DANCE

DanceWatch Weekly: Classical Indian dance on eclipse weekend

Sweta Ravisankar and Subashini Ganesan bring classical Indian dance to the city

This weekend, Portland is graced with two classical Indian dance performances, the closing performances of the musical Gypsy, and a three-day event with dance company I Moving Lab.

Between the barrage of news, the major cultural shifts happening, and the constant political upheaval, I am comforted and inspired by the artists in our midst. Despite any bumps in the road they may encounter, they persist.

This week I am particularly inspired by Sweta Ravisankar, a Bharatanatyam and Nattuvangam performer, teacher, and choreographer, from Mumbai, India. I first saw her perform in Jayanti Raman’s Anubhava at Lincoln Hall in 2015. Ravisankar is a striking performer and a pleasure to watch.

Bharatanatyam and Nattuvangam performer Sweta Ravisankar. Photo courtesy of Sweta Ravisankar.

Not only is Ravisankar a dancer/teacher/choreographer/musician, she is also pursuing her Ph.D. in Cell and Developmental Biology at OHSU, holds a Master’s Degree in Bharatanatyam and Biology, maintains dance schools (Sarada Kala Nilayam) in San Jose, California, and Hillsboro, Oregon, and travels the world performing. If ever you needed inspiration to follow your various passions in life, Ravisankar is it!

For those who don’t know, Bharatanatyam is the name of a style of South Indian classical dance. Nattuvangam is the rhythmic instrument played in the background of Bharatanatyam performances and is made of two metal cymbals—one of iron and the other of brass.

Ravisankar will be presenting Laya Bhavam: An Amalgamation of Rhythm in Dance and Percussion at Portland Community College’s Rock Creek Auditorium, this Saturday evening at 6 pm. The performance is in collaboration with her musician father, Sri. S Ravisankar, who will accompany the performance on mridangam (a barrel-shaped, two-headed drum) alongside a full Indian orchestra. Additionally, her father heads a bhajan group, Sukrutha Brahmam Bhajan Mandali, based in Mumbai, India, that toured throughout the U.S. last spring.

In discussing the performance concept, through an email exchange, Ravisankar said, “Layam, as we all know, is the rhythm. Bhavam represents the emotions created. Both of these together, let us experience and appreciate how the rhythm is so seamlessly integrated in all the things around us. Both Layam and Bhavam complement each other as brain and heart.”

Ravisankar attributes her success in both careers to the support of her family and teachers who all work together to make her “dance journey” happen. Her father accompanies her musically, her mother manages all of her programs, and her sister hosts and introduces her at each performance. It was at her mother’s insistence that her father begin playing for her Bharatanatyam concerts, having previously only accompanied singers.

This father-daughter relationship inspires Ravisankar’s work. She likens their creative back-and-forth process together like that of “making a pot in the ancient times. You keep adding water and shaping the pot better and better ‘til it is complete.”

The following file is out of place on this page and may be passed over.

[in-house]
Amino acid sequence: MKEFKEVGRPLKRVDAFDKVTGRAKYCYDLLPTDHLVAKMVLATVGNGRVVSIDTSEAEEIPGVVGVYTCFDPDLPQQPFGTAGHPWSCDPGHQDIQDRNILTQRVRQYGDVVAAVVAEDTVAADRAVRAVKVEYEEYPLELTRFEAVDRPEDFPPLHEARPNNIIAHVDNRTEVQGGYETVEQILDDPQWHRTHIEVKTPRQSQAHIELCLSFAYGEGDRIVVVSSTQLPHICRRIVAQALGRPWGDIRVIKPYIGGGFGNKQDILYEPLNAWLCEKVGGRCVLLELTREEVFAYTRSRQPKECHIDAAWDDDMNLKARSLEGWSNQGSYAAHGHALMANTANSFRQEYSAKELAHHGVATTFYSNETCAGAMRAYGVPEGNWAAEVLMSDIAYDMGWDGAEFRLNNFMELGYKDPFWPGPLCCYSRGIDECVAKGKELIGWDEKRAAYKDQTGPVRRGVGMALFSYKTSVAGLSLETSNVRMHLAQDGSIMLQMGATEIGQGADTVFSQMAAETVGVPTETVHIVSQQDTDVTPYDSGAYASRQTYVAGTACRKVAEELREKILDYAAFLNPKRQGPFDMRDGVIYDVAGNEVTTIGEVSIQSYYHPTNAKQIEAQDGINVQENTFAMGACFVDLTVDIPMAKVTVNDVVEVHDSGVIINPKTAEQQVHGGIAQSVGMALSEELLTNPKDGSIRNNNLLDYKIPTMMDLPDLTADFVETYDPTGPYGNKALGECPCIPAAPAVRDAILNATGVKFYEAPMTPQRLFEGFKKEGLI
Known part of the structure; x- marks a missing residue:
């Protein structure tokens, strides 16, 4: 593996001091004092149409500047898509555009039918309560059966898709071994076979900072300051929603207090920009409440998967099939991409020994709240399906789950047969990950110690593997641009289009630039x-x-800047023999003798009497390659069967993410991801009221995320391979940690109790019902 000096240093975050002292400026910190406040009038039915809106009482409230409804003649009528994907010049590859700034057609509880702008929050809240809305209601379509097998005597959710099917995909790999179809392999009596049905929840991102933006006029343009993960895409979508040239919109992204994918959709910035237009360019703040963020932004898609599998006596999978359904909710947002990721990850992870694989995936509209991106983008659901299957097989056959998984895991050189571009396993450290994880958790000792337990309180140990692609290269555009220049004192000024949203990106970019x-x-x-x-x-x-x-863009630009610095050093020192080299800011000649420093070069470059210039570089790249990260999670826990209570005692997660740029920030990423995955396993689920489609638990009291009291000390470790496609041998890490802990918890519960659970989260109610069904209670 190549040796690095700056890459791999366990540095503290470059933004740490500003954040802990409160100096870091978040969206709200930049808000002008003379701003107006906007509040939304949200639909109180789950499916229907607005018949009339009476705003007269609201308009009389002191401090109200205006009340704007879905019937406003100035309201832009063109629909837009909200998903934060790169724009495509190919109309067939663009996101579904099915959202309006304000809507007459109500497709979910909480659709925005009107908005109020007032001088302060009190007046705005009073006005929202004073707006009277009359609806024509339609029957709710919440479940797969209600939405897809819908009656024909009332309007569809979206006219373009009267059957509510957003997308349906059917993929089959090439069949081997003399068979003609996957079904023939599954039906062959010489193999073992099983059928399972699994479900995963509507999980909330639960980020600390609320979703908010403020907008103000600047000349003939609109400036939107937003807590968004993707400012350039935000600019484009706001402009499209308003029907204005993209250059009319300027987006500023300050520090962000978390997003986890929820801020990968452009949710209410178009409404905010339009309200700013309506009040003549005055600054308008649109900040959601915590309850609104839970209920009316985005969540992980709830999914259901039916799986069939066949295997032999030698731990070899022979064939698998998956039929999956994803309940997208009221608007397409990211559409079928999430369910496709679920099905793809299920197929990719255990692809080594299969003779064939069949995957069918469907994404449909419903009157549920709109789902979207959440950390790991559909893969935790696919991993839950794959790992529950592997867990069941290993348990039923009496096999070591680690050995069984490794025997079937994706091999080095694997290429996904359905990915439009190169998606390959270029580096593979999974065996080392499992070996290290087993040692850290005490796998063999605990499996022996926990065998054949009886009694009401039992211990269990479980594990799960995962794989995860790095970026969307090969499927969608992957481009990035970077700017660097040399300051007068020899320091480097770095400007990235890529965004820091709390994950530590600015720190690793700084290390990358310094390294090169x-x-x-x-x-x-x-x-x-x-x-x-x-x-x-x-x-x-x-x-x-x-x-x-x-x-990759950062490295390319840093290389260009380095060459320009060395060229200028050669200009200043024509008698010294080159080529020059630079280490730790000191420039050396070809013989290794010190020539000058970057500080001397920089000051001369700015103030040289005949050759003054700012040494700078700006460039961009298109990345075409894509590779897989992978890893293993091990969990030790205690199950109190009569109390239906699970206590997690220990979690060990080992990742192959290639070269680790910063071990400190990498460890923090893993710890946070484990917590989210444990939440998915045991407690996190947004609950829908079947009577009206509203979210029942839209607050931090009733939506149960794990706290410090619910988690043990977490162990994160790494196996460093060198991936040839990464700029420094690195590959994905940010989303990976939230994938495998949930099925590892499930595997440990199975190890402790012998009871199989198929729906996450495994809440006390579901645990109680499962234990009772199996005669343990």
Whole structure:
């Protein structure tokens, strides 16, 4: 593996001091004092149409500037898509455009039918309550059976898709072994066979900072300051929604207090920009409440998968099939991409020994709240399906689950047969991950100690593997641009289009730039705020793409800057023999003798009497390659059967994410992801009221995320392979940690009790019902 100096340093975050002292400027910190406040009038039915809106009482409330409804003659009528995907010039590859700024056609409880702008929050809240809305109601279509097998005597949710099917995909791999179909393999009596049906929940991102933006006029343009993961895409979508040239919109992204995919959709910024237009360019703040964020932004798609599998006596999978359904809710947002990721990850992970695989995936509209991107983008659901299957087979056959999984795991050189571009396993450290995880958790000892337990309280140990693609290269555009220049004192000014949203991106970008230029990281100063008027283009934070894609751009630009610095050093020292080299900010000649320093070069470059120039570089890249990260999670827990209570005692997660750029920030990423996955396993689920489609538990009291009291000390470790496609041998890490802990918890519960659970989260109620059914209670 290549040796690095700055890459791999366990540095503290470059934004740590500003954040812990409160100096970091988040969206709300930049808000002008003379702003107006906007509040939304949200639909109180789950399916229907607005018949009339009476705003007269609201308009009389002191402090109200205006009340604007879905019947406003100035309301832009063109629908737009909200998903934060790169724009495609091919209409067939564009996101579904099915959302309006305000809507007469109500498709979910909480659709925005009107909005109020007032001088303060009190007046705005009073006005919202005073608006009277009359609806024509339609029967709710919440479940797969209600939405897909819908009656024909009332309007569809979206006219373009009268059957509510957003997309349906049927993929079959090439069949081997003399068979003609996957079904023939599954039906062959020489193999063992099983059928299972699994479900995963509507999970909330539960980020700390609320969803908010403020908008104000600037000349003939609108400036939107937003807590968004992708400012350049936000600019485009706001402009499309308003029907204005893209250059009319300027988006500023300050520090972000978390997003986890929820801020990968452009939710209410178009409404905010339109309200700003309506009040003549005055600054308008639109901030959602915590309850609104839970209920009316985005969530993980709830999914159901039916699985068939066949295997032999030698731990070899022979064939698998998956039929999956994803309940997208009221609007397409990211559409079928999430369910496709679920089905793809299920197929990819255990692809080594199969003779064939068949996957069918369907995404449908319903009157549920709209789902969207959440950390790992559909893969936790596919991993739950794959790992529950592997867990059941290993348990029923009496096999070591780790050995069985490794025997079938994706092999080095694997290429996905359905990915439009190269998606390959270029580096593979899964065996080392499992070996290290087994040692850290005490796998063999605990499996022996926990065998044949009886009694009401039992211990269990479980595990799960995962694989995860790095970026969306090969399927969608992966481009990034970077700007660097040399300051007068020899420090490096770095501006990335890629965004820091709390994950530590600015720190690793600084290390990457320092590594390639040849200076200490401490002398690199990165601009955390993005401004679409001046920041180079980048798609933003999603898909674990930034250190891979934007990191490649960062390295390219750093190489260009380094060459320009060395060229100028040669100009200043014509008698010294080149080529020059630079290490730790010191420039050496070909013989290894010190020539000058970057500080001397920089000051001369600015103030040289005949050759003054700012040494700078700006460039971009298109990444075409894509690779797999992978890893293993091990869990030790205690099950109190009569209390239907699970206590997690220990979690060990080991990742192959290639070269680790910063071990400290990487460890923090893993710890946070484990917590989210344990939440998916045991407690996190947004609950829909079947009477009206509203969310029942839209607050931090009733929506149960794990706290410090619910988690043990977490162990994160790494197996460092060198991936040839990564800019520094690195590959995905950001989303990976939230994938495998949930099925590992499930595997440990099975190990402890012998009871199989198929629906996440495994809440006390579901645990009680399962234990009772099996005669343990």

Performances this week

Photo of dancer Deanna Olsen White with Kelly Sina observing, in Broadway Rose Theatre Company’s production of Gypsy. Photo by Sam Ortega.

Gypsy
Broadway Rose Theatre Company
August 3-20
Deb Fennell Auditorium, 9000 SW Durham Road, Tigard
Closing this weekend is Broadway Rose Theatre Company’s production of Gypsy, directed and choreographed by late great American choreographer Jerome Robbins, with music by Jule Styne and lyrics by Stephen Sondheim. The musical is loosely based on the memoirs of the American queen of striptease, Gypsy Rose Lee, and the aspirations of her stage mamma from hell.

Although Gypsy is not a dance-centric show, Robbins carefully re-created accurate depictions of the era’s vaudeville and burlesque dance styles for famous scenes such as “You Gotta Get a Gimmick,” when three strippers tell Louise (Gypsy Rose Lee) that she doesn’t actually need talent, just an idea.

Laya-Bhavam: An Amalgamation of Rhythm in Dance and Percussion
Presented by Sarada Kala Nilayam/Sweta Ravisankar
6 pm August 19
Portland Community College Rock Creek Auditorium, 17705 NW Springville Road
See above

Photo courtesy of I Moving Lab.

NA’LÅ’LA (Give Life)
Dåkot-ta and I Moving Lab
6:00 pm August 19
New Expressive Works, 810 SE Belmont St., in the WYSE Building. Use the doors located on the South side of the building.

Celebrating the coming eclipse through music and dance, contemporary Māori choreographer and scholar Jack Gray, in collaboration with hip hop dancer, sound artist, and scholar Dåkot-ta Alcantara-Camacho will present I LAND (in) Multnomah, an interdisciplinary performance that weaves their ancestral lineages from Aotearoa, New Zealand, and Guåhan, Guam, with rap, dance, and video.

Interested in decolonizing theater practices and drawing on indigenous relationships with the natural world, I LAND (in) Multnomah is a three-day series that begins Thursday, August 17, with a potluck, dance/movement workshops indoors and outdoors on the 18, and a final performance on the evening of the 19. Check out the I LAND (in) Multnomah website for the full schedule of events and please RSVP.

Classical Indian Dance & Music at the Portland Art Museum. Photo courtesy of Subashini Ganesan.

Classical Indian Dance & Music at the Portland Art Museum
Program curated by Subashini Ganesan, artistic director of New Expressive Works and Natya Leela Academy